Originally Posted by Silock
That's fine. But there are a lot of factors that go into that. Could be commitment. Could be mindset. Could be a warped perception due to time. Could be that he's absolutely right.
For instance, I'm in the best shape of my life right now, and I'm 33. I don't do Crossfit. Does that invalidate my experience? Of course not. I'm not invalidating his, either. I know scientifically that I'm faster, stronger, and have more endurance than the last time I was "at my peak." There are times that I don't "feel" that way, but I have the numbers to back up that even though I may feel slow or fast on some days, I know what the actual numbers are, so I can accurately gauge my relative fitness.
Anecdotally, I have a few friends that do Crossfit, as well. Their gym doesn't suck (ie high reps with bad form for everything), but I'm still in better shape than they are. They take it seriously, and go 5 times a week. And I'm still stronger and faster with more endurance. Again, that isn't meant to invalidate what they do or say that my way is better.
All I'm trying to say is that there are many ways to achieve a goal. For me, Crossfit is way too expensive and way too "vague" in its goals (in addition to the added danger factor). Your mileage may vary. But Crossfit certainly isn't the only way to be strong and fit, even in a generalist sense.
I'm curious, what are your goals? You are obviously a really big numbers guy as it relates to your workout, so what is it that you are attempting to attain?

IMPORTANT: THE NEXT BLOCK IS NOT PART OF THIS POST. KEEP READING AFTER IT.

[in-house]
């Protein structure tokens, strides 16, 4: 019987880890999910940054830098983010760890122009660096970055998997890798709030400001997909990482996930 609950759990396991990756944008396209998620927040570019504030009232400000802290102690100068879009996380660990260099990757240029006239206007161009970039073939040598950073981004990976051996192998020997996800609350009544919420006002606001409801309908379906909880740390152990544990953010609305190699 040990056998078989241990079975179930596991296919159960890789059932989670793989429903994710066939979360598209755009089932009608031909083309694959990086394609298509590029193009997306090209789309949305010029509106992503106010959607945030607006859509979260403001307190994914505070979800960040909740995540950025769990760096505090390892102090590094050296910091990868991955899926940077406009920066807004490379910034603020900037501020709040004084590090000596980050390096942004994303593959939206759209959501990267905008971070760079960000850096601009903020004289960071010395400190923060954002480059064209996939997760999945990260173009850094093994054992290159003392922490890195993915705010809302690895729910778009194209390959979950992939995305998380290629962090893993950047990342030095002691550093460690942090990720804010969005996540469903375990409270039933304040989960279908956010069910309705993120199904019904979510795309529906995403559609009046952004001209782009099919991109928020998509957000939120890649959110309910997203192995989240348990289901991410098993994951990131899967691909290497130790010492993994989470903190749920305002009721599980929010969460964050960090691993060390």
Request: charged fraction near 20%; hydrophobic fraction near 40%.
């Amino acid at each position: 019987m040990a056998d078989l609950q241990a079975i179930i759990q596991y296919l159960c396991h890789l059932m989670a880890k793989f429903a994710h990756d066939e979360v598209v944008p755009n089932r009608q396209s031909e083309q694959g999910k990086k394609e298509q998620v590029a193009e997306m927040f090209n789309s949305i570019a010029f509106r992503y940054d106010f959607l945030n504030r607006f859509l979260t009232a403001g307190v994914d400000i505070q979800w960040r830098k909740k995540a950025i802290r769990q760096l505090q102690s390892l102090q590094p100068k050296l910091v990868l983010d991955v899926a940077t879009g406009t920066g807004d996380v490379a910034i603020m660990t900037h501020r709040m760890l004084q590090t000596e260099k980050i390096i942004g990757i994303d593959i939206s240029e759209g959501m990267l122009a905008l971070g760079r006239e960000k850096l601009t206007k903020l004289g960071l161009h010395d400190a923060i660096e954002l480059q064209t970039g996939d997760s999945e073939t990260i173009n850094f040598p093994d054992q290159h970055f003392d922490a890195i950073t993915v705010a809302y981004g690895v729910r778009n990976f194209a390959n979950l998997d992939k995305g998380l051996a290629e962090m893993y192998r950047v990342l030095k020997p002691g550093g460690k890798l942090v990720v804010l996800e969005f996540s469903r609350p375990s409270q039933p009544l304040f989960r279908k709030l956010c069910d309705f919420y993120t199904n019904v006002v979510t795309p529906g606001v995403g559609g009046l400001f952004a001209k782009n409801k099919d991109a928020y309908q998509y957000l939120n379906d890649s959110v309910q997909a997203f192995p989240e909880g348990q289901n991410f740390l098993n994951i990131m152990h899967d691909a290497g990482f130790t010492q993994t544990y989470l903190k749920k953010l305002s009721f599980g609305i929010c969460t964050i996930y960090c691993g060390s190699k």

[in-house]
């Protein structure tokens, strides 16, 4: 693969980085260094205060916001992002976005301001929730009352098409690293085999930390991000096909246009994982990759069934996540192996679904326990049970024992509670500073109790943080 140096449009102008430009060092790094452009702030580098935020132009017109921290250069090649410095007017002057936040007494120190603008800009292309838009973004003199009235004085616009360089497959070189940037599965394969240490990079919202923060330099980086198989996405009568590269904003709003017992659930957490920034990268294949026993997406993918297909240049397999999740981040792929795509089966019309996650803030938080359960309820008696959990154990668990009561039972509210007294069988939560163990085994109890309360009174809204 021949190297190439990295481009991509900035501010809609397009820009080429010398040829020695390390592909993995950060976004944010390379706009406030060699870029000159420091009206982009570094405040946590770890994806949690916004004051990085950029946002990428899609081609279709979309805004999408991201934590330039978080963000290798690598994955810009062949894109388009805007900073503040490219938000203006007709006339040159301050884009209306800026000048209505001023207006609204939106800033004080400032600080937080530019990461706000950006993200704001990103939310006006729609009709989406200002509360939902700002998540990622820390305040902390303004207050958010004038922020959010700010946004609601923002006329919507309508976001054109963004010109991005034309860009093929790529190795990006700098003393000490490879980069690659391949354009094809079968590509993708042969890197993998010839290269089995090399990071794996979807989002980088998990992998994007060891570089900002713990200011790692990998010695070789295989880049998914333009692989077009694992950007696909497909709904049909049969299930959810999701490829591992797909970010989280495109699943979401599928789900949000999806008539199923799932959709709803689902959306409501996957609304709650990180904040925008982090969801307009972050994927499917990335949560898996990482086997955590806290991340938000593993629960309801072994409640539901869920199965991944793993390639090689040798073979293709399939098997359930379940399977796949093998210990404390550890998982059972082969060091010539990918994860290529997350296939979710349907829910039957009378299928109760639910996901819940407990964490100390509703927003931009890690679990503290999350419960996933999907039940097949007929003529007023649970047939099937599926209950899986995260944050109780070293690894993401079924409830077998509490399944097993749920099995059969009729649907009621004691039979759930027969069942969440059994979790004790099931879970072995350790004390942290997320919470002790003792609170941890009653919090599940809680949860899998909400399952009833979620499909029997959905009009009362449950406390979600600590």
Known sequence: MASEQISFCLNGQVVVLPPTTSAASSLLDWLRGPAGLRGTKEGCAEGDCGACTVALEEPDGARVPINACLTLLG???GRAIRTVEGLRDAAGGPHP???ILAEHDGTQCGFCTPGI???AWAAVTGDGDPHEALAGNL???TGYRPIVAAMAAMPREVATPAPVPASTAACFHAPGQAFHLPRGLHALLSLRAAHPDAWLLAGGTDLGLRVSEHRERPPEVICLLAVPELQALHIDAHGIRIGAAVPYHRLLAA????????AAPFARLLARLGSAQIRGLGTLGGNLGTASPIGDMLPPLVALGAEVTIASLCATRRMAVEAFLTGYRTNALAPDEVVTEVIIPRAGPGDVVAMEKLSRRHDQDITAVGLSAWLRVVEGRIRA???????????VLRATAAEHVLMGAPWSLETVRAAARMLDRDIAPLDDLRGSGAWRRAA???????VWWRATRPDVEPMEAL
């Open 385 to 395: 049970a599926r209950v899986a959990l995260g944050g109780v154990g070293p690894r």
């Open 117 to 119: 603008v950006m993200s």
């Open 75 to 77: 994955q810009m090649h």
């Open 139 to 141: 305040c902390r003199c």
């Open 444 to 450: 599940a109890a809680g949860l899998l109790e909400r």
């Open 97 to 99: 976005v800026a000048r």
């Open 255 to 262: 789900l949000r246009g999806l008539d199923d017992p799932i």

Crossfit seems to have certain goals as it relates to improvement of numbers/time on the repetitions and exercises. They even have established a end "game"/contest/competition where these goals are rewarded and judged against other competitors. That definitely doesn't seem like a vague end goal by any means.
Anywho, it's interesting to see the rapid development and popularity of Crossfit. I was wondering why all these people in the gym were doing these plyometric type of exercises, and it seems that Crossfit incorporates this concept into their routine along with Olympic style burst strength lifting and body weight burst/strength exercises.
I'm trying to figure out which is the chicken and which is the egg in terms of who came up with this type of workout. It seems that the guy at Gym Jones and the guy at Crossfit seem to have put this together at the same time. (For those not familiar, Gym Jones is the guy/gym/program that trained the actors and stunt guys for the movie 300, Captain America, Thor and officially trains Seal and Special Ops military teams for the Department of Defense.) They seem similar although Crossfit has taken off nationally whereas Gym Jones seems content to be a uber-level private workout facility/program/concept.
Anyway, I digress.
I throw some stuff in like Crossfit does in my own routines once I'm up and running so I'm kinda usually doing stuff like that anyway. I'm not sure about the timed Olympic style lifts though in the competitions, though the Crossfit Games themselves seem interesting.